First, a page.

Advertisement

Retrovirology

, 11:O61 | Cite as

Nonsense-mediated mRNA decay inhibition by HTLV-1 Tax protein

  • Vincent Mocquet
  • Julia Neusiedler
  • Francesca Rende
  • David Cluet
  • Jean-Philippe Robin
  • Jean-Michel Terme
  • Madeleine Duc-Dodon
  • Christelle Morris
  • Hervé Le Hir
  • Vincenzo Ciminale
  • Pierre Jalinot
Open Access
Oral presentation

Keywords

Translation Initiation Factor Eukaryotic Initiation Factor Cellular Gene Expression Immunoprecipitation Analysis Cellular Transcript 
These keywords were added by machine and not by the authors. This process is experimental and the keywords may be updated as the learning algorithm improves.

We have previously observed that degradation of mRNAs by the nonsense-mediated mRNA decay (NMD) pathway was affected in human T-lymphotropic virus type 1 (HTLV-1)-infected cells. This pathway is indeed strongly inhibited in C91PL, HUT102, and MT2 cells, and such an effect was also observed to a limited extent by the sole expression of the Tax protein in Jurkat and HeLa cells. In line with this activity, Tax binds INT6/EIF3E, which is a subunit of the translation initiation factor eukaryotic initiation factor 3 (eIF3) required for efficient NMD, as well as the NMD core factor upstream frameshift protein 1 (UPF1). Tax expression also alters the morphology of processing bodies (P-bodies), the cytoplasmic structures which concentrate RNA degradation factors. The presence of UPF1 in these subcellular compartments is increased by Tax, whereas that of INT6 is decreased. In line with these effects, the level of the phosphorylated form of UPF1 is increased in the presence of Tax. To further investigate how Tax can act on the stability of some viral and cellular transcripts which are prone to NMD, we examined whether Tax can directly bind such RNAs. By performing RNA immunoprecipitation analyses we indeed observed that Tax associates specifically with NMD-sensitive RNAs and the factors determining this binding are currently under investigation. These data further strengthen the notion that the effect of Tax on viral and cellular gene expression is not restricted to transcriptional control, but also involve posttranscriptional activities.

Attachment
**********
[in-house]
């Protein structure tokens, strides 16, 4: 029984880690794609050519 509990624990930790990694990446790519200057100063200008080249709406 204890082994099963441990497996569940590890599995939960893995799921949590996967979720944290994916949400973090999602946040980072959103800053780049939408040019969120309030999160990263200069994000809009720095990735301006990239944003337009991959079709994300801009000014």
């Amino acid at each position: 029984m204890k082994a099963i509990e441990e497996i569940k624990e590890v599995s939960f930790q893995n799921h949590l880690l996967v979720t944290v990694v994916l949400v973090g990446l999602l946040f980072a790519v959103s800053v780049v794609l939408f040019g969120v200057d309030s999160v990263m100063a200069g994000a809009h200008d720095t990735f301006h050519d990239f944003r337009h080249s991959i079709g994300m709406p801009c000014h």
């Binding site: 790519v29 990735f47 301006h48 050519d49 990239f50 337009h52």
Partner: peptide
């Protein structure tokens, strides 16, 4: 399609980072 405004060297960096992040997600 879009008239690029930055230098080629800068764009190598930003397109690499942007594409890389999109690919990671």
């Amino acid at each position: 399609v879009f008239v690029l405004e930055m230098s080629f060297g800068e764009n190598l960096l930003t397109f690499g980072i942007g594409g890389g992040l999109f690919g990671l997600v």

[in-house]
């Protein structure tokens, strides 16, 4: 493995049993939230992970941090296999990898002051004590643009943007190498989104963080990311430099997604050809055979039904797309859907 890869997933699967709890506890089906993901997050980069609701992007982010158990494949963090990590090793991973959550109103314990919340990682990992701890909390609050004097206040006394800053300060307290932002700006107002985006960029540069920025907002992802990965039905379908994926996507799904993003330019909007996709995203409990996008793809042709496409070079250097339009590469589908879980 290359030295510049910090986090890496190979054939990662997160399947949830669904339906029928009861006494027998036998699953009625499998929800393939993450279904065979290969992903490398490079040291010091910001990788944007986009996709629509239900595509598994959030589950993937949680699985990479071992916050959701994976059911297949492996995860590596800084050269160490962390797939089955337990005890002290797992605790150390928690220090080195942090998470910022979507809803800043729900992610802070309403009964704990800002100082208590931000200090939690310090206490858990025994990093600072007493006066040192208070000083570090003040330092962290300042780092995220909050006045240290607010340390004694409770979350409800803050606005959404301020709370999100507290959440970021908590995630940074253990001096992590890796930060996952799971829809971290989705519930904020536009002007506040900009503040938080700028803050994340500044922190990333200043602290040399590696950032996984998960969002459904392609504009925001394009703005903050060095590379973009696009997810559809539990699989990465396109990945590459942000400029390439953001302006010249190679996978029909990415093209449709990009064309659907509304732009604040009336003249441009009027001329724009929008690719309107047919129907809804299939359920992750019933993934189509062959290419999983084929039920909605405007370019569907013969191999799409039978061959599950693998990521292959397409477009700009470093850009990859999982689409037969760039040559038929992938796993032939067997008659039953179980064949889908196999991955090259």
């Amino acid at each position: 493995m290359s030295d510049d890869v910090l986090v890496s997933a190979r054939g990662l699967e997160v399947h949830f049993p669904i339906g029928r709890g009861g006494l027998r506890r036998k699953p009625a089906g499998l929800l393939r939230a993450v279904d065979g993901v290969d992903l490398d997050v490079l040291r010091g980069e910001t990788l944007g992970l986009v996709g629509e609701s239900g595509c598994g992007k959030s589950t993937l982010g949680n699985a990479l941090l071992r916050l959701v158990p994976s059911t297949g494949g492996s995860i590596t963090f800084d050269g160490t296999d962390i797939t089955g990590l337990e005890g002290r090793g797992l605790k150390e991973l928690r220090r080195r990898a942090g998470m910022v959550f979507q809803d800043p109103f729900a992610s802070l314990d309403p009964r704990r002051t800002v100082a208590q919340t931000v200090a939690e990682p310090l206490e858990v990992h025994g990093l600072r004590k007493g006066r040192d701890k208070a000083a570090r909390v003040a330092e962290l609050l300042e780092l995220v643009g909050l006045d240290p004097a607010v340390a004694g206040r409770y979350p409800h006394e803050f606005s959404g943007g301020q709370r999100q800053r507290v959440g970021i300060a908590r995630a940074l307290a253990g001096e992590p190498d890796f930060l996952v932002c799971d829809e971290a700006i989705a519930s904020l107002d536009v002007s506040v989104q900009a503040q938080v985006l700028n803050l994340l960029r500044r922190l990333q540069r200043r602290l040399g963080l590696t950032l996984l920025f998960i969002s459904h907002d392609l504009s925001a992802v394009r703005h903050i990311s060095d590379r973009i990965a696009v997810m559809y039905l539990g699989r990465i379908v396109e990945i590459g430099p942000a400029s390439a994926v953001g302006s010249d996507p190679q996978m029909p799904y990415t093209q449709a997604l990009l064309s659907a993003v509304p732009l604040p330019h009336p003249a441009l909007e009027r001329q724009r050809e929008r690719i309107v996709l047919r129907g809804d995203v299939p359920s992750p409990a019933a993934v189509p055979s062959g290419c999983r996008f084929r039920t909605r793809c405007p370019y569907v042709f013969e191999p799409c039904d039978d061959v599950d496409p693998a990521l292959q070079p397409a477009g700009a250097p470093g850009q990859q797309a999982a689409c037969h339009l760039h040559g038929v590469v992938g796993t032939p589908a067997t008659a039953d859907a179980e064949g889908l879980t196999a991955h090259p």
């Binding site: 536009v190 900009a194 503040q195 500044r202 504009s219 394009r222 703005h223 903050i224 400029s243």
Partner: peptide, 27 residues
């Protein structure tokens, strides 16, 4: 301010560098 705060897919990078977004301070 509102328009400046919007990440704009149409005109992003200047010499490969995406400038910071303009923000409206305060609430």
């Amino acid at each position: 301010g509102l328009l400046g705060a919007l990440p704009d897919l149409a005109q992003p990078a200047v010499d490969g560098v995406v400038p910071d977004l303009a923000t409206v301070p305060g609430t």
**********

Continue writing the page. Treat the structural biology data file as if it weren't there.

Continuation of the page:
Copyright information

© Mocquet et al; licensee BioMed Central Ltd. 2014

This article is published under license to BioMed Central Ltd. This is an Open Access article distributed under the terms of the Creative Commons Attribution License (http://creativecommons.org/licenses/by/2.0), which permits unrestricted use, distribution, and reproduction in any medium, provided the original work is properly cited. The Creative Commons Public Domain Dedication waiver (http://creativecommons.org/publicdomain/zero/1.0/) applies to the data made available in this article, unless otherwise stated.

Authors and Affiliations

  • Vincent Mocquet
    • 1
  • Julia Neusiedler
    • 1
  • Francesca Rende
    • 2
  • David Cluet
    • 1
  • Jean-Philippe Robin
    • 1
  • Jean-Michel Terme
    • 1
  • Madeleine Duc-Dodon
    • 1
  • Christelle Morris
    • 1
  • Hervé Le Hir
    • 3
  • Vincenzo Ciminale
    • 2
  • Pierre Jalinot
    • 1
  1. 1.Laboratoire de Biologie Moléculaire de la Cellule, Unité Mixte de Recherche 5239Centre National de la Recherche Scientifique, Ecole Normale Supérieure de LyonLyonFrance
  2. 2.Department of Oncology and Surgical Sciences, Institute of Neuroscience at the Department of Biomedical SciencesUniversita di PadovaPaduaItaly
  3. 3.Institut de Biologie de l’Ecole Normale Supérieure, Unité Mixte de Recherche 8197Centre National de la Recherche Scientifique, Ecole Normale SupérieureParisFrance

Personalised recommendations